The primary purpose of Institute research is to advance knowledge and further the educational program. Instruction and research are interdependent and both suffer when dealt with separately. These functions have, therefore, been integrated and interwoven throughout the entire academic and administrative structure.
The Institute also has an inherent obligation to render public service, especially to any branch of local, state, or federal government, and in fulfilling this special responsibility undertakes research when it can do so without impairing its primary functions and when its available personnel and facilities and its experience qualify it to perform a needed service.
Institute research programs receive substantial support through contracts, grants, and other arrangements with government, industry, and foundations. From the Institute's experience with such support, general conclusions have evolved as to the conditions under which it can be justified and the manner in which it can most effectively be integrated with other activities of the Institute. These conclusions are set forth in the following sections.
In addition, governmental and private sponsors provide support for the construction and renovation of facilities, fellowships and traineeships, curriculum improvement, teacher training, and other programs designed to strengthen graduate and undergraduate education. The suitability of these programs in relation to Institute activities and objectives has in most cases been evaluated using the same review procedures as are employed in the review of research proposals. Where the support is provided under agreements that create Institute obligations and contractual commitments to the sponsor, the delegation of administrative responsibility is the same as for sponsored research. To this extent the material that follows is also applicable to sponsored programs other than research.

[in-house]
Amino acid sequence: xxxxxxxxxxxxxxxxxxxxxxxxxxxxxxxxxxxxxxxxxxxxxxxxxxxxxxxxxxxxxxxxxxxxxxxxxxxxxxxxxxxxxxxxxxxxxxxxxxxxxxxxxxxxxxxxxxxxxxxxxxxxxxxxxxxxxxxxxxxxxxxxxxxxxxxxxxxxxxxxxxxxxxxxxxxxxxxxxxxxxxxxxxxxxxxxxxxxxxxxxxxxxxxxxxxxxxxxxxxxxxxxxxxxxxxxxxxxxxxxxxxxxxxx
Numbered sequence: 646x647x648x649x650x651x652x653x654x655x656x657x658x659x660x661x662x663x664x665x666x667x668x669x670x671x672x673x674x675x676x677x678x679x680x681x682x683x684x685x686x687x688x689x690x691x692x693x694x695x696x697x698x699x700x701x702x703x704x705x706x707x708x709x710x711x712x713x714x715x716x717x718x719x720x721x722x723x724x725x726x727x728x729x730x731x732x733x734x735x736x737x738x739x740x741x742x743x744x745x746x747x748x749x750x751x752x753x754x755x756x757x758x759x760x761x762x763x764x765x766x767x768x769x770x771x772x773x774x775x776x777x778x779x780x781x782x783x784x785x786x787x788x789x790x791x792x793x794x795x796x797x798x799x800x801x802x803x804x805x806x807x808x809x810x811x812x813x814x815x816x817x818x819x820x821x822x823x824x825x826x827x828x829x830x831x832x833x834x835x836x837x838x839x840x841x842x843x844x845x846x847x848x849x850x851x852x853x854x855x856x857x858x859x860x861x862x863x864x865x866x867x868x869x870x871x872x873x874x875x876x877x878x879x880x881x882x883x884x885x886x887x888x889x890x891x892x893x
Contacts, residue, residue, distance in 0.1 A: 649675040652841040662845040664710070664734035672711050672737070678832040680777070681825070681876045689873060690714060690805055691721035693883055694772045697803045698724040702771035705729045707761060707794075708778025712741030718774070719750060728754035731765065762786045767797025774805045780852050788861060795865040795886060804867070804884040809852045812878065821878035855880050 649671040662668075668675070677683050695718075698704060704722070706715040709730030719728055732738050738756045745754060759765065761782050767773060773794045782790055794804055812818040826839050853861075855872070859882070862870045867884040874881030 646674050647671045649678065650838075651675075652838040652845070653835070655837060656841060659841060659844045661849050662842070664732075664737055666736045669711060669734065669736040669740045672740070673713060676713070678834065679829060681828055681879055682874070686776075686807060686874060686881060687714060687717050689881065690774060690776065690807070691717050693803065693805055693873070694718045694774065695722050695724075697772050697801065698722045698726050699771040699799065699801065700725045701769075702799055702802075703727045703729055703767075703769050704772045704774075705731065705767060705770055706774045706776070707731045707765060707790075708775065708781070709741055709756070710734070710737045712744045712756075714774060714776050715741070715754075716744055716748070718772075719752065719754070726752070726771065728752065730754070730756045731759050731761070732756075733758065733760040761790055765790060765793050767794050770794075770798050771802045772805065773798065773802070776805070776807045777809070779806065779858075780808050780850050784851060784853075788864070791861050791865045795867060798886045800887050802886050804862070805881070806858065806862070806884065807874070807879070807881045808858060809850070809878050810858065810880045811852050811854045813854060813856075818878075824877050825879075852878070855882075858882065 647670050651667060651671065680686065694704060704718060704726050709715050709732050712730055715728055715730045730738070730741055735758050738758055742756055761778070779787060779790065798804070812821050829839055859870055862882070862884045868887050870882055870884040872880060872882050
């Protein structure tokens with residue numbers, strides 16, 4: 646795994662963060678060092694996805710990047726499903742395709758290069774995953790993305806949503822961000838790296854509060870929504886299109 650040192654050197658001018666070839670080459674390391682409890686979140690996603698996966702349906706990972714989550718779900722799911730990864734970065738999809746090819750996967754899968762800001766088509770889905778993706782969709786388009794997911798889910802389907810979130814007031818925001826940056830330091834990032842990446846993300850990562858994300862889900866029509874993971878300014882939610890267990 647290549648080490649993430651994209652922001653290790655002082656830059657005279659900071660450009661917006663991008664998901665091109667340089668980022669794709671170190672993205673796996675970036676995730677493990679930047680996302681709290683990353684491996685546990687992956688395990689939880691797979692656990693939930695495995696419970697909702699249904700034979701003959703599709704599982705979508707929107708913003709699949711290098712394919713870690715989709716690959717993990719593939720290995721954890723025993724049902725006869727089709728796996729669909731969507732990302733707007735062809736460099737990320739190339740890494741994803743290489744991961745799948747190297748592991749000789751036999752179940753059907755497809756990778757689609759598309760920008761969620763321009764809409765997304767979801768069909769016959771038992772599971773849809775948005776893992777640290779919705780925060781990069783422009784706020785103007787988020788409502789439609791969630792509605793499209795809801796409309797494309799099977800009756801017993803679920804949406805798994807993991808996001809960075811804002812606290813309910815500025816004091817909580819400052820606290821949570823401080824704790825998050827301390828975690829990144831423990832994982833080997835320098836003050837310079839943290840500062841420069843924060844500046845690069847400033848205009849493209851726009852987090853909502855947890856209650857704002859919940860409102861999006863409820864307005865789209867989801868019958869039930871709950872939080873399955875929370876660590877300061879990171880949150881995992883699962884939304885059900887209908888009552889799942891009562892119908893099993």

The following are general considerations for research at the Institute:
- The Institute should not compete with industry in industrial research or undertake activities that should more properly be the responsibility of government agencies. Two factors may justify a secondary activity in such areas: the importance of practical creative activity on case material in any effective professional education and the responsibility of an educational institution to render public service.
- MIT is a private institution, under a broad charter from the Commonwealth of Massachusetts, performing particular functions as determined by the Corporation. The Corporation and the administration must retain proper control of the operations carried on in the name of the Institute and remain free to operate without restrictions that would reduce its effectiveness.
- The Institute has an advantageous environment for research, due to such factors as independence and relative simplicity in management, employment, subcontracting, and methods of accounting, and possession of key staff and facilities. MIT cannot accept in research agreements any restrictive clauses that would jeopardize the very environment the Institute considers essential to the effective conduct of research, except in those rare instances where restrictions are accepted as provided for in Section 14.2 Open Research and Free Interchange of Information.